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Item - At the Court of King Minos

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Series: Cretan Chronicles — no. 2
Translated Into: Alla corte di Minosse (Italian)
En la corte del rey Minos (Spanish)
Le Labyrinthe du roi Minos (French)
Minosu-Ou no kyuutei [ミノス王の宮廷] (Japanese)
Na corte do rei Minos (Portuguese)
Authors: Butterfield, John
Honigmann, David
Parker, Philip
Illustrators: Embden, Michael (cover)
Woods, Dan (interior)
Date: 1985
Length: 540 sections
User Summary: Having reached the island of Crete, you must find a way to enter the Labyrinth and slay the Minotaur in order to rid Athens of its scourge. Though not essential, you might also want to learn the purpose of the numbered squares at the beginning of the book (a secret that has deprived many players of several nights of sleep).
Guillermo's Thoughts:

This excellent gamebook is one of the main reasons for reading the Cretan Chronicles series. Once again, there is an overwhelming amount of paths and possibilities to explore, and I found rereading the book to be as satisfying as finding a way to succeed at the final mission. Instead of following the more traditional model of traveling around several locations and solving quests, like the first book did, this one has more to do with investigation and social interaction, resembling the sixth Sherlock Holmes Solo Mysteries book, The Honour of the Yorkshire Light Artillery. The story is involving and there are many secrets to uncover. Furthermore, I cannot help but heap praise on the authors for how well the setting and characters are done – they managed to stay true to their source material while instilling their vision of it with a strong identity of its own. This is more than what can be said of highly-praised recent efforts by young authors, such as Christopher Paolini's Eragon.

Barring a premature ending, all the paths through the book lead the player to the Labyrinth. The maze is described in a very poetic way but in game terms it is huge and mostly uneventful until the Minotaur is encountered. This opponent has astronomical stats and defeating him will almost certainly require finding several items in both the first and second books of the series and gaining the favour of at least one specific deity. Indeed, the first two books seem to function like a mega-book since what you do in the first is critical to success in the second, and this will almost certainly keep you backtracking. If all the correct items are found, however, the Minotaur will be much easier to beat.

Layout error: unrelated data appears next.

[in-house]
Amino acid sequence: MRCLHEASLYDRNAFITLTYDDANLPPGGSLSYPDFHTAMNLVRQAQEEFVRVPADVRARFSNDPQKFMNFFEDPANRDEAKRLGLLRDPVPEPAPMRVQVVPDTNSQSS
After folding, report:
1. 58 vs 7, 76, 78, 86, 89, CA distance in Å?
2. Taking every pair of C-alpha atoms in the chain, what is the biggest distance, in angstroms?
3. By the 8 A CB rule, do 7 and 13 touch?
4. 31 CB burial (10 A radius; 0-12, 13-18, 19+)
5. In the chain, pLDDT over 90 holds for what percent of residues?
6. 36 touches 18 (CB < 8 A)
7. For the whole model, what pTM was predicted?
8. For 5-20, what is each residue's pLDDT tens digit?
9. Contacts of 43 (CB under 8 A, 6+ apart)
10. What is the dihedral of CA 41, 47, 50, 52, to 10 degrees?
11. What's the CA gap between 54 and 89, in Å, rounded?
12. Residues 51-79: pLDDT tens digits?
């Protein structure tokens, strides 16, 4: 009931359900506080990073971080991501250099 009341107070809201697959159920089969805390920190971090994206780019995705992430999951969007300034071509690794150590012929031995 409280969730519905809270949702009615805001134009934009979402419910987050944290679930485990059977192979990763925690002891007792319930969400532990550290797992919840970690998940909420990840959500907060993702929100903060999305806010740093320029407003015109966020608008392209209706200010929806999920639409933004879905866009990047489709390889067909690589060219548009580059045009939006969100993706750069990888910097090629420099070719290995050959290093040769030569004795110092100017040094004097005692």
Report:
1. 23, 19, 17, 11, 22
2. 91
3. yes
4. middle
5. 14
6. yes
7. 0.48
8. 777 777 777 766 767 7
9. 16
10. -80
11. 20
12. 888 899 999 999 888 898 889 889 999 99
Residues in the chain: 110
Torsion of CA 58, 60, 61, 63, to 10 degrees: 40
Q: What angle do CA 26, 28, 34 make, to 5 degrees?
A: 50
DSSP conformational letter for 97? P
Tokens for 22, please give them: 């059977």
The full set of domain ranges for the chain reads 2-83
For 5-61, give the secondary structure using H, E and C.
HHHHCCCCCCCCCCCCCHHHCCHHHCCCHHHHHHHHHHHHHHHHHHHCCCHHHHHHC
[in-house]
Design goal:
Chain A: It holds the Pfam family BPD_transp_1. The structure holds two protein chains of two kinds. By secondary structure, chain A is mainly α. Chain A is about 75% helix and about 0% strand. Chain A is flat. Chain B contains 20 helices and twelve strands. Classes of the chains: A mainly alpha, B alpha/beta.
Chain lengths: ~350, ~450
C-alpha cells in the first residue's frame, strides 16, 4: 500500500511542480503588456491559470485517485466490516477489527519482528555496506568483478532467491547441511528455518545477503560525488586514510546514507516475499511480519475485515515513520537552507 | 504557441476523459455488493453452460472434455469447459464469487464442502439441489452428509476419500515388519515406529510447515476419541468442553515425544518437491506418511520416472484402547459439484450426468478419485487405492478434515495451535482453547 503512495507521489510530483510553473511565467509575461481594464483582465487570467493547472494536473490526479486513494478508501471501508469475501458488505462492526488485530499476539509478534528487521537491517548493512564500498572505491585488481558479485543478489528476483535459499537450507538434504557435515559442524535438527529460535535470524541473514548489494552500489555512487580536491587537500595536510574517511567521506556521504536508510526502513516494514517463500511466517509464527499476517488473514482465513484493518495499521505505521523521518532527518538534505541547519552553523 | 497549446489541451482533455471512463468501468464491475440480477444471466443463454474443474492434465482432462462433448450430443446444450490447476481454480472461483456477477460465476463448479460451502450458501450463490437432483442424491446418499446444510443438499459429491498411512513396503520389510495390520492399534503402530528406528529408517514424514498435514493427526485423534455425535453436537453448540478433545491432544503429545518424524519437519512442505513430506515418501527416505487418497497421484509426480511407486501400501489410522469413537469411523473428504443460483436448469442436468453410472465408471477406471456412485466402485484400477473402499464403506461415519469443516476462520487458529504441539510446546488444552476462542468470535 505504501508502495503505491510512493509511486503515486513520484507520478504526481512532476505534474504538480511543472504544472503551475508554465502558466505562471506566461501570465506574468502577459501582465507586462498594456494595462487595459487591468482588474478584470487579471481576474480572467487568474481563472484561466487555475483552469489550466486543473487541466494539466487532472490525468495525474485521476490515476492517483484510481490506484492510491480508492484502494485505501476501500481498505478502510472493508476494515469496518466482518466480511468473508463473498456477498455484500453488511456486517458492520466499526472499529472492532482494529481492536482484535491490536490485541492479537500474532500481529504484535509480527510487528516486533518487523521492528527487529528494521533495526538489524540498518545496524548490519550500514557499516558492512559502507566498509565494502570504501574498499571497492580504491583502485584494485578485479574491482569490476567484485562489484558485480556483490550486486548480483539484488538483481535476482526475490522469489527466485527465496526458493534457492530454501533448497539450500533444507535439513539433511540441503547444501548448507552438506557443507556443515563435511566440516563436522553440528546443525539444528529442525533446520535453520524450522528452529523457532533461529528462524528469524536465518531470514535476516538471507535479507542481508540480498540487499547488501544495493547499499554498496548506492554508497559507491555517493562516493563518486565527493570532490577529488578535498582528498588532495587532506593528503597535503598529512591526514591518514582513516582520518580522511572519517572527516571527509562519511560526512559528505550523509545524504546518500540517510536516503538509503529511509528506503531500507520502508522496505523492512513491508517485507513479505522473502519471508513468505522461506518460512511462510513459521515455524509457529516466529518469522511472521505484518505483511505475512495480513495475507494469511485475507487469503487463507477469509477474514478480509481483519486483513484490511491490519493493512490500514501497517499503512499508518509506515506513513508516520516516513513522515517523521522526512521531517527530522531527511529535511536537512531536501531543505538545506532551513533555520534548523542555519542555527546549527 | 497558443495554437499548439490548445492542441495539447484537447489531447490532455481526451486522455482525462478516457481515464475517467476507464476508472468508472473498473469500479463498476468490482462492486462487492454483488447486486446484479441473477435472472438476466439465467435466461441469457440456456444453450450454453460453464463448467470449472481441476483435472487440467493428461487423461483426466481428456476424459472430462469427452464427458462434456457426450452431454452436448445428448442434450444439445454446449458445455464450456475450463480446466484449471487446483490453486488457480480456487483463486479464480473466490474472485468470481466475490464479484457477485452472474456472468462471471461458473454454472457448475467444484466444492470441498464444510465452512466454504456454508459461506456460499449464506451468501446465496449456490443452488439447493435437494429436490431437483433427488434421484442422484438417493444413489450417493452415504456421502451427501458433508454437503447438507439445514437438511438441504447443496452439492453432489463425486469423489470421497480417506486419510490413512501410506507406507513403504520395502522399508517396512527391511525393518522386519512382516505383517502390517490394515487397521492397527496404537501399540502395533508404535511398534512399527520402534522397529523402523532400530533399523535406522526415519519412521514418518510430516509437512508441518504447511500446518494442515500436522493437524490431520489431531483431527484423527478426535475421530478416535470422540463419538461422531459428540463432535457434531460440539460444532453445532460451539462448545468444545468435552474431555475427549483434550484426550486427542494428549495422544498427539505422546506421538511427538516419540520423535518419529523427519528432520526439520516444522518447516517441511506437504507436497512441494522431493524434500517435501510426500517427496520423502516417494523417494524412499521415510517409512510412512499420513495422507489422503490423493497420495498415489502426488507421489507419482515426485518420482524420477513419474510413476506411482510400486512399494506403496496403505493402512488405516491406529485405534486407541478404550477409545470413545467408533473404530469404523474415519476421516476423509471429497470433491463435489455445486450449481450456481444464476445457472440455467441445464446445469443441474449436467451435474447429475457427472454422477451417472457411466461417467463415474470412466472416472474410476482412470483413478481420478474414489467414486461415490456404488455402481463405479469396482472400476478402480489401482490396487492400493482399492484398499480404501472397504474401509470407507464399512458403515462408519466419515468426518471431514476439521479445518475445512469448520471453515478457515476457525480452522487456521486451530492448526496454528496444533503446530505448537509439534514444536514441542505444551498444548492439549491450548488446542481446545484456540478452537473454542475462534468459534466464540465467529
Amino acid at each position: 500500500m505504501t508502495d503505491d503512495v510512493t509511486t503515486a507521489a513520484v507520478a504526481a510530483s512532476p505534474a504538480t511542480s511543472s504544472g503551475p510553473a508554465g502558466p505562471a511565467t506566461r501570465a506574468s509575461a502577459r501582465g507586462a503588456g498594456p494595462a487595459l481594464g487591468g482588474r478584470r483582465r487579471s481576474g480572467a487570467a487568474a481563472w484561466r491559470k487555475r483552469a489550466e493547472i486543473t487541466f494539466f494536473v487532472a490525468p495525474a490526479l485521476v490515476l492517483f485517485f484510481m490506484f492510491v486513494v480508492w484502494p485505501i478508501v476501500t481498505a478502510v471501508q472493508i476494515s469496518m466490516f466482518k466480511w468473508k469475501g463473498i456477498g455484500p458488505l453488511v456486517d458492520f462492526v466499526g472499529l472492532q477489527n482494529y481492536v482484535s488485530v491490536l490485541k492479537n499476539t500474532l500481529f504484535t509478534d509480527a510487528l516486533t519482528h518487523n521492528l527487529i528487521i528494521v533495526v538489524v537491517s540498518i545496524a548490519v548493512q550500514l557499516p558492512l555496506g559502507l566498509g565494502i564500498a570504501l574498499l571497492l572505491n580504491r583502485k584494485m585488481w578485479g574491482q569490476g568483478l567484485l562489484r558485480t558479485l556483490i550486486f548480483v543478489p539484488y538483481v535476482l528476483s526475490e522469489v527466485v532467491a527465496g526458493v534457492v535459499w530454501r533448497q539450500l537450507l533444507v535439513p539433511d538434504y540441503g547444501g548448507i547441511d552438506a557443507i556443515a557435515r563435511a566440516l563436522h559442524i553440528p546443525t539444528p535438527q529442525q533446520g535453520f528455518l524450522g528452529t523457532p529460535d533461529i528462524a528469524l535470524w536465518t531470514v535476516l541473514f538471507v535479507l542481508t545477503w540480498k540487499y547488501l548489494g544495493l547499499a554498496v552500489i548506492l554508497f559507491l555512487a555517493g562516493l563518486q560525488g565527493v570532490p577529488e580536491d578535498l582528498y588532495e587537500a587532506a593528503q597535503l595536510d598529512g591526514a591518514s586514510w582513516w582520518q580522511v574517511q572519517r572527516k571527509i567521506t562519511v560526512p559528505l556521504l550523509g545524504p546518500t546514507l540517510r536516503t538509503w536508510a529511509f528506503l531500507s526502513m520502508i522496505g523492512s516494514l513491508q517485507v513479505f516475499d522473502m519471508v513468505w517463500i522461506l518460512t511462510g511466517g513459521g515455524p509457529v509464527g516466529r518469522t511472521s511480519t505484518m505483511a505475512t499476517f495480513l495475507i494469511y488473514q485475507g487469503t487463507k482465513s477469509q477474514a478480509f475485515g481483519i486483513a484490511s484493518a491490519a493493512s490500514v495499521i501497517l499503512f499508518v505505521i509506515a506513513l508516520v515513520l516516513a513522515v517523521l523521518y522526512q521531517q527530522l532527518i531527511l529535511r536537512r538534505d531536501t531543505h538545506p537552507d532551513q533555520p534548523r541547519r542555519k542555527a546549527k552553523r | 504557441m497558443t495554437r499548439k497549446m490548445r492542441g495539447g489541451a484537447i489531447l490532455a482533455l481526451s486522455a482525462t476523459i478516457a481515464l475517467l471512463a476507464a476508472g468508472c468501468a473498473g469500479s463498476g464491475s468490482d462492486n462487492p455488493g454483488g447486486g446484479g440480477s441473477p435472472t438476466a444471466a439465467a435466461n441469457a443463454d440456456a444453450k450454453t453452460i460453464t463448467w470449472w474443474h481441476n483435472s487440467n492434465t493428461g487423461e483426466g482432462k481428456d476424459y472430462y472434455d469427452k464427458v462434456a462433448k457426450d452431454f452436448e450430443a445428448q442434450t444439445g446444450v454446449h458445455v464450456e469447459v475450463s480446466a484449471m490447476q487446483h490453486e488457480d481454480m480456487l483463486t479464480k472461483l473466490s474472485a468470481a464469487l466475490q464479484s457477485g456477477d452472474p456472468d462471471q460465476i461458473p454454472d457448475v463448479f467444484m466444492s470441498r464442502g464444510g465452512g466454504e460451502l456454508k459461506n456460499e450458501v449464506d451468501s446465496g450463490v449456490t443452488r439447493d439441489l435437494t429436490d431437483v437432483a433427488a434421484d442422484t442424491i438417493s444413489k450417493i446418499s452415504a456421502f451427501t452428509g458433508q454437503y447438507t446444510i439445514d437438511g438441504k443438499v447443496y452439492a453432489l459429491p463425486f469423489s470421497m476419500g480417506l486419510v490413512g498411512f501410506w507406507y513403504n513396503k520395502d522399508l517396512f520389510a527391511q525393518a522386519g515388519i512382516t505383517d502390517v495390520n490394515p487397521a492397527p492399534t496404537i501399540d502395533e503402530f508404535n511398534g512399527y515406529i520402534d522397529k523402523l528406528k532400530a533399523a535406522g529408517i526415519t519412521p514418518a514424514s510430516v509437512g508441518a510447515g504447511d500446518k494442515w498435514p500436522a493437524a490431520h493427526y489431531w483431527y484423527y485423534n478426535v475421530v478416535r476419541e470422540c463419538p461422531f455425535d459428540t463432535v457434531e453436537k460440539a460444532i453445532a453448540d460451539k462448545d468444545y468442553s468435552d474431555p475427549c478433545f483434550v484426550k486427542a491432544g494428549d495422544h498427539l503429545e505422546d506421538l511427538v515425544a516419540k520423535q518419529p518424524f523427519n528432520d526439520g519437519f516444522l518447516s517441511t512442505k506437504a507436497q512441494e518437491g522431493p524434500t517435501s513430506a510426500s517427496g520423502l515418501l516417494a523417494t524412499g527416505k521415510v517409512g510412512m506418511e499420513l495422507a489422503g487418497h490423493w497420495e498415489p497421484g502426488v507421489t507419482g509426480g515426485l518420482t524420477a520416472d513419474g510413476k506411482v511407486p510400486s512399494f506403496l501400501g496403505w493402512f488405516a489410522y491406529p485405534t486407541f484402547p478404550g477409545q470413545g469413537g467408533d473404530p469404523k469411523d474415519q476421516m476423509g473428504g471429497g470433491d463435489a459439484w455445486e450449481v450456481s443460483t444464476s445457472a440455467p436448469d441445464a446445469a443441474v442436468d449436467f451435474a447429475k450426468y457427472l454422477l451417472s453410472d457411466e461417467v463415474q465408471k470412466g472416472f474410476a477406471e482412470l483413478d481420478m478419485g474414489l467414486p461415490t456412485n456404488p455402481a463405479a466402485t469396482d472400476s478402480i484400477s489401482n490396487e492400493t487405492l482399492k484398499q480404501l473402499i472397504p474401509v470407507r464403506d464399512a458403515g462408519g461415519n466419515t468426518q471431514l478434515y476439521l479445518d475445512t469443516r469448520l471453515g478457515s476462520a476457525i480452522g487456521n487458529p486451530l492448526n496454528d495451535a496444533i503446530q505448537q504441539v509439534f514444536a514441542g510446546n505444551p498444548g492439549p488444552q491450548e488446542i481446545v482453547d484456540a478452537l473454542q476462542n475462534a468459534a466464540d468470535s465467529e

After the Minotaur is killed, the weakest chapter of the adventure begins. The final parts of the book are as rife with options as before, but most of them lead to horrible deaths, and only the ones leading to escape from Crete are successful. This creates a false illusion of freedom that is a symptom of poor design. The book might have been a bit shorter and perhaps more enjoyable without much of the stuff at the end. I can't help but think that the search for a way out of the Labyrinth and the final showdown against King Minos could have been handled a lot better.

Overall, this is an extremely enjoyable book despite its weak final parts. It's not a book for the casual reader: you will have to spend long hours immersed in the first two books in order to complete the saga. However, the reward is one of the most enriching interactive fiction experiences you'll find. This is one of the few gamebook series I would honestly call an 'epic' (a word much abused today, especially by marketers of anime and role-playing games). Do yourself a favour if you haven't already and read it.

Community service for those of you who have been hitting your heads against the wall for not being able to win the pankration match: here is a simple strategy. Always direct your punches towards the area the opponent is less likely to be defending, and when he attacks, always cover the area he is more likely to hit. In both cases, it is the body. This leads to a long battle but the player almost always wins. Oh, and don't get drunk.

More reviews by Guillermo

Shadeheart's Thoughts:

[Rating: 3/10]
[Recommended? NO]

The "Cretan Chronicles" trilogy deliberately surges on with power in its second book, "At the Court of King Minos". Despite an emphatically elaborate length, impressive complexity and a great deal of variety in the resulting book of considerable magnitude (in comparison to many other gamebooks), this is a title which, for all it's worth, never manages to stylistically come alive past all the roughness and grit. There are obvious signs of the extensive research, and the story logistically makes enough sense to work, but the scope of the full experience packaged - and both its high difficulty level and apparent arbitrariness - never quite manages to satisfy as much as it exhausts the possibilities it deals with. Unfortunately, as interesting as it may seem and sound, and as much as others might enjoy it, this chronicle isn't worthy enough of my recommendation. ^^

(Mysteriously disappears into the shadows.)

More reviews by Shadeheart

Special Thanks:Thanks to Guillermo Paredes for the plot summary.
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